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Circuit designs

  1. Dec 10, 2005 #1
    hello everybody,

    my teacher:mad: wanted me to design a few circuits like these;

    1) an electronic termometer,
    2) a circuit that switches on the lights and pulls the pitches in evenings

    by using circuit elements like LDR and NTC.

    pls help me

  2. jcsd
  3. Dec 10, 2005 #2


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    Help us, help you!

    What level are you working at?
    What is a "LDR" and a "NTC" I am relatively familiar with control electronics, but am not familiar with these acronyms, others might be in the same boat.

    What is "pulls the pitches in evenings"?
  4. Dec 10, 2005 #3


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    Probably the "pitches" are the window blinds or something similar. But I'm in the same boat as Integral on the LDR and NTC acronyms. So, a little time at acronymfinder.com.....

    -- Light Detect Resistor
    -- Laser Designator Ranger
    -- Labor-Delivery-Recovery (room) -- yeah, that's probably it with the thermometer part.... :rolleyes:

    -- Negative Temperature Coefficient
    -- Nepal Telecommunication Corporation
    -- NASA Teleconferencing Center -- that's the parts about switching on the lights, I think... :rolleyes:
  5. Dec 10, 2005 #4


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    Hi Common,
    Welcome to the Physics Forums.. you pose some interesting questions.
    Just to give you a little head's up, if this is a homework question we have a section Homework>Engineering
    where you can post those kinds of questions.

    On homework and general questions, there are many of us willing to help, as long as you show us your thoughts first. (see #1 on ref)

    As others have indicated, a good place to start is to tell us what LDR and NTC refer too. What are they? How do they function?
    What grade level is this for? (that will help us gauge at what level to respond). Please feel welcome to the PF forums :smile:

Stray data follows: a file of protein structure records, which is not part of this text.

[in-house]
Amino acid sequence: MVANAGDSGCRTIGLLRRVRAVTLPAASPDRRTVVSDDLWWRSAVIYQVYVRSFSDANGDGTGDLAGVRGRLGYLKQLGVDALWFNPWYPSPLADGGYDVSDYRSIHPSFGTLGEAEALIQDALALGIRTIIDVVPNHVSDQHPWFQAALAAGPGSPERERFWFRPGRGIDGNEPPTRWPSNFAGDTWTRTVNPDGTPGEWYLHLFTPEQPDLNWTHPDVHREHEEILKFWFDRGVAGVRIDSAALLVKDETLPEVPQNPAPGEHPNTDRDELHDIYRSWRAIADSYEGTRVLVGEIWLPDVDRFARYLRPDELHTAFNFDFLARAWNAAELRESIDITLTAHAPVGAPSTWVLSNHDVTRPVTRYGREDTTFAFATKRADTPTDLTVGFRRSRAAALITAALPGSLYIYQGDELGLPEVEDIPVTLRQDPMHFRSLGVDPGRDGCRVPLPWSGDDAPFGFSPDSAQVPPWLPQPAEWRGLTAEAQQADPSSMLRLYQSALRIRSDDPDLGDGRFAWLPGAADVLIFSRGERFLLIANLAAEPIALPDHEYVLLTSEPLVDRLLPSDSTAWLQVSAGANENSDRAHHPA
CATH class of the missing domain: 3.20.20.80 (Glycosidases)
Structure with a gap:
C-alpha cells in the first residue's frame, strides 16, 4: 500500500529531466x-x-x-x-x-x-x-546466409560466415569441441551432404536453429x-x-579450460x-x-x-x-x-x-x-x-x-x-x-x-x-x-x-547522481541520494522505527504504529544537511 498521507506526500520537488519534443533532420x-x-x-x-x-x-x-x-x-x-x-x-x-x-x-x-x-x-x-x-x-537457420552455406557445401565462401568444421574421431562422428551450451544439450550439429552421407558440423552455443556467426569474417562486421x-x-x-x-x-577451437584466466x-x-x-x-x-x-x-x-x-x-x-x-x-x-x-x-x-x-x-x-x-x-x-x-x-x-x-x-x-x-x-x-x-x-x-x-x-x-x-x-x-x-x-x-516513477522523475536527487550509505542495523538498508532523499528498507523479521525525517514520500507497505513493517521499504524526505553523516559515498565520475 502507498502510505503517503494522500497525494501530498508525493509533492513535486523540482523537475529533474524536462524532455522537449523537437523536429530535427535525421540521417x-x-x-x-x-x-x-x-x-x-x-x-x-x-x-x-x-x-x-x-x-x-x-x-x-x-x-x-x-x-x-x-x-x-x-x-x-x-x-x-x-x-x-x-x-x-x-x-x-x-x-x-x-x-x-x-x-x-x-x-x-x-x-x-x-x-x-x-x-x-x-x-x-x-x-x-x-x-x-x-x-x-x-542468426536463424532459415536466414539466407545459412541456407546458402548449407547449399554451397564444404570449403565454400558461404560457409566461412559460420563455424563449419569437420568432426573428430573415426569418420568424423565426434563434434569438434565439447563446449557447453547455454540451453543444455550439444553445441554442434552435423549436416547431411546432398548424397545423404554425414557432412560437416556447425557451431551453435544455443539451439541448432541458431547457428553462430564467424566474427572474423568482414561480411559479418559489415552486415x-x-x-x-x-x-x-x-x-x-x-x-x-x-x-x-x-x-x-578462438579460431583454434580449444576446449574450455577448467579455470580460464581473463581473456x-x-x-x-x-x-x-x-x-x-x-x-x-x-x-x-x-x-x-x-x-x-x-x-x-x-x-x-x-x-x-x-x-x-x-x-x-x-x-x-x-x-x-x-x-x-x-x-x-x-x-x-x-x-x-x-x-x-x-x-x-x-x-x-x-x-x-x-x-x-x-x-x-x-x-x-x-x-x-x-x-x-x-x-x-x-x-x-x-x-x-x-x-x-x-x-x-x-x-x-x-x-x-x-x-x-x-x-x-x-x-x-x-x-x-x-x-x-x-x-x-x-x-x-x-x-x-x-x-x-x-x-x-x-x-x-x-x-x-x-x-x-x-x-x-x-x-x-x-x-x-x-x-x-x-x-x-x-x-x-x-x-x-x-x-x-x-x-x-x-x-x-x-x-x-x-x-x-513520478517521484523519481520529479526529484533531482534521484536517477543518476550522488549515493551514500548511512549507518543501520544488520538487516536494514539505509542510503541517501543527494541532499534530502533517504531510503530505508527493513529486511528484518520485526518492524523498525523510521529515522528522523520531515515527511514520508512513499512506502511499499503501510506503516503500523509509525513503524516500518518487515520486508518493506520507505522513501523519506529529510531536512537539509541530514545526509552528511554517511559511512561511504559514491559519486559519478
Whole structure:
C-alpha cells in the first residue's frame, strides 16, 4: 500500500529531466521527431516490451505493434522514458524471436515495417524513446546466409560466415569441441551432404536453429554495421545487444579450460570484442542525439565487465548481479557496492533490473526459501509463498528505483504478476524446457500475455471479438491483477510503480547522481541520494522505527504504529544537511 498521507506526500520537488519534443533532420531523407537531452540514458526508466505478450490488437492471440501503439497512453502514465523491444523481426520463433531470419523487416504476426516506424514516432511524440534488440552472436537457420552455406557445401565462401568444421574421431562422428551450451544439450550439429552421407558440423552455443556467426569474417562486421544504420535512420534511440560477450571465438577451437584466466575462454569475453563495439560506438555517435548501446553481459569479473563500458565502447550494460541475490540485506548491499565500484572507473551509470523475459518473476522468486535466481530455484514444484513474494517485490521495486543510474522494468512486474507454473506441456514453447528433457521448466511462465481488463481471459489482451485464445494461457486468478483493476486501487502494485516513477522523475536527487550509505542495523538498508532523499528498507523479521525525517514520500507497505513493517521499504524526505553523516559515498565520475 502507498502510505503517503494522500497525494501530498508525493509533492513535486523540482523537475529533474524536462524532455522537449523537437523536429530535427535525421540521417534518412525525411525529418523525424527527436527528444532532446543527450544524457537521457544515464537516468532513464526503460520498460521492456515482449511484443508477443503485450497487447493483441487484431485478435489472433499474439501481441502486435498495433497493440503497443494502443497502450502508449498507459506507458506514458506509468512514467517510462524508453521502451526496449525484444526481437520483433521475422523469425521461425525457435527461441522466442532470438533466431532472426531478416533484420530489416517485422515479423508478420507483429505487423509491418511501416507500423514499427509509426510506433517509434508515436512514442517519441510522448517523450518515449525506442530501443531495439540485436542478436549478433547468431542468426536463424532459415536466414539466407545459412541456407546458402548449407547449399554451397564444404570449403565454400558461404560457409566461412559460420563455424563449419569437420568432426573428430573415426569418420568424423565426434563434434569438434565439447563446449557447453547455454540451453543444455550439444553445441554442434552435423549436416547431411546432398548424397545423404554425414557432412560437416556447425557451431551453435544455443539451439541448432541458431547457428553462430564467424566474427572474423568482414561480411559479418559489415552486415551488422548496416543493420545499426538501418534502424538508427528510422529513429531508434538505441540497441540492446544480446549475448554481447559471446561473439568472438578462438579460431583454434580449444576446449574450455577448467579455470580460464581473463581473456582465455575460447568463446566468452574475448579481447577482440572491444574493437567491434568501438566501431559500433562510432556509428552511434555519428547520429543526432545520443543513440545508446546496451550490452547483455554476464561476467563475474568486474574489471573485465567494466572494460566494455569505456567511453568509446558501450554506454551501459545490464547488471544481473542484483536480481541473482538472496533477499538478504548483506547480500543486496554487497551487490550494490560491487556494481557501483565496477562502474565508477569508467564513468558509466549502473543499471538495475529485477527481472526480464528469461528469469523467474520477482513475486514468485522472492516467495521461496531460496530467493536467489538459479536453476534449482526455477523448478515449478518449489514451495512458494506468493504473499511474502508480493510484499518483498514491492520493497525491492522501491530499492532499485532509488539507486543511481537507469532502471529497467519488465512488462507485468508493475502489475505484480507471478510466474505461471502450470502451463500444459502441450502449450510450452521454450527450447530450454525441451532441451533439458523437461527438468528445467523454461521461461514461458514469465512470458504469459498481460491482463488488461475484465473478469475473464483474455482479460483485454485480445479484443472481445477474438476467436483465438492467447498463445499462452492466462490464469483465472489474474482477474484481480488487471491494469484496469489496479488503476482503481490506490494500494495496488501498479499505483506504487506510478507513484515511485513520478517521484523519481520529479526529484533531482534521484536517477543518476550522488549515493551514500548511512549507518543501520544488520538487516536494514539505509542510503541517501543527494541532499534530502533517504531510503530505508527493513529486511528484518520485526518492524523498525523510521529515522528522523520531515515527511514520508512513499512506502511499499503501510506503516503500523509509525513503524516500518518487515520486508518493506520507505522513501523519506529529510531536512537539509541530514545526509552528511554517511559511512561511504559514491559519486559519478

6. Dec 12, 2005 #5
    ok everybody,
    firstly I apologize to you because of my english, which is not very well.:frown:

    LDR is the acronym of "light dependent resistor",
    and NTC is "negative temperature coefficient".
    berkeman was right.

    but i couldn't understand the meaning of "what level" .
  7. Dec 12, 2005 #6


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    By "what level", Integral was trying to figure out how to tailor his help to the level that you are studying in school. Like, if you are in the US equivalent of high school (15-18 years old), then the answer will be fairly simple. If you are in a graduate year of college, then the answer will be more sophisticated (with temperature calibrations, microcontrollers, maybe some CE-Mark considerations, etc.).

    It sounds like maybe you are in your first electronics class in college, right? What kind of building blocks are you folks using in your class right now? Transistors, opamps, microcontrollers, etc.? What textbook are you using? What Internet circuit design resources has your instructor pointed you toward so far?
  8. Dec 12, 2005 #7


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    common, you are asking us to do your work for you. We will not do this. FOr us to help you, you need to show that you are at least trying to help yourself. You need to give us more background on what you know and "what level" youre at. Show us what ideas/schematics you have come up with. We cannot reach into your mind.

    Like was mentioned before:

    Help us, help you!

    Edit: looks like berkeman got to that first.
  9. Dec 12, 2005 #8
    ok guys,

    i solved my problem. i had needed a dumb circuit, which has one transistor and a few resistors and diodes etc.

    but you were right, i hadn't give you enough data about my problem. forgive me, i'm new at electronics.

    thanks for your interest...
  10. Dec 13, 2005 #9


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    Great job common,
    But now you have me curious, what do your final circuits look like?
  11. Dec 13, 2005 #10
    a dumb switching-circuit

    thank you Ouabache,
    if you're curious really, i'm sending my designs. but these aren't professional jobs, namely don't worth seeing.

    i will simply tell about how that circuit works:
    LDR is "light dependent resistor", when the light coming onto it increases , ldr's resistance will decrease. or vice versa.

    in usual, LDR's resistance is very low(300ohm) and behaves like a short-circuit. because of this, base-current of the transistor is approximately zero and transistor is cutoff.
    in the evening, (sun downs and light decreases) our LDR's resistance will increase(a few Megaohms) and the current will flow above the transistor by force. thus the lights will be turned on and the motor will run and draw the curtains.

    Attached Files:

  12. Dec 14, 2005 #11


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    Thanks for sharing common!! :smile:
    In your left diagram, I wonder what is the purpose using several diodes in parallel, with different values of resistance in series with each?

    Did you happen to construct a circuit using the NTC (negative temperature coefficient) thermistor? If you are still thinking about that, this ref may give you some ideas.:rolleyes:
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